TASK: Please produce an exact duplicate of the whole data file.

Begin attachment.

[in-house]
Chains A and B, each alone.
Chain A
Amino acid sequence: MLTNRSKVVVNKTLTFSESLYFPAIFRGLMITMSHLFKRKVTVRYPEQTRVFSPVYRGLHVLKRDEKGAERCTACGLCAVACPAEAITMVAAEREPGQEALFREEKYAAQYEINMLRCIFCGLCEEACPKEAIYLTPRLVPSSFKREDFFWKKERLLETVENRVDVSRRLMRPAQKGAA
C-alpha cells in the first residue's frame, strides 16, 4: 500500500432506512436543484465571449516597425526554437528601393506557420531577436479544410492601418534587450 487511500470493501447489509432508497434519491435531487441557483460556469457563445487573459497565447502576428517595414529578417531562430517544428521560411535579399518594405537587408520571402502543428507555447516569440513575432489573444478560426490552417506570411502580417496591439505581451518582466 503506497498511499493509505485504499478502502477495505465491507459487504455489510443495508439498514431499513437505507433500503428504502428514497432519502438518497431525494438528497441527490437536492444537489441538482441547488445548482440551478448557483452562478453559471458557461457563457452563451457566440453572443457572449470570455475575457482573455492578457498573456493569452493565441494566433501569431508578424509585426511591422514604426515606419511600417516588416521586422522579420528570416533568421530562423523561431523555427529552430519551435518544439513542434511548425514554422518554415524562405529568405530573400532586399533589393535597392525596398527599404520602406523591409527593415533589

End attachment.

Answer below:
[in-house]
Chains A and B, each alone.
Chain A
Amino acid sequence: MLTNRSKVVVNKTLTFSESLYFPAIFRGLMITMSHLFKRKVTVRYPEQTRVFSPVYRGLHVLKRDEKGAERCTACGLCAVACPAEAITMVAAEREPGQEALFREEKYAAQYEINMLRCIFCGLCEEACPKEAIYLTPRLVPSSFKREDFFWKKERLLETVENRVDVSRRLMRPAQKGAA
C-alpha cells in the first residue's frame, strides 16, 4: 500500500432506512436543484465571449516597425526554437528601393506557420531577436479544410492601418534587450 487511500470493501447489509432508497434519491435531487441557483460556469457563445487573459497565447502576428517595414529578417531562430517544428521560411535579399518594405537587408520571402502543428507555447516569440513575432489573444478560426490552417506570411502580417496591439505581451518582466 503506497498511499493509505485504499478502502477495505465491507459487504455489510443495508439498514431499513437505507433500503428504502428514497432519502438518497431525494438528497441527490437536492444537489441538482441547488445548482440551478448557483452562478453559471458557461457563457452563451457566440453572443457572449470570455475575457482573455492578457498573456493569452493565441494566433501569431508578424509585426511591422514604426515606419511600417516588416521586422522579420528570416533568421530562423523561431523555427529552430519551435518544439513542434511548425514554422518554415524562405529568405530573400532586399533589393535597392525596398527599404520602406523591409527593415533589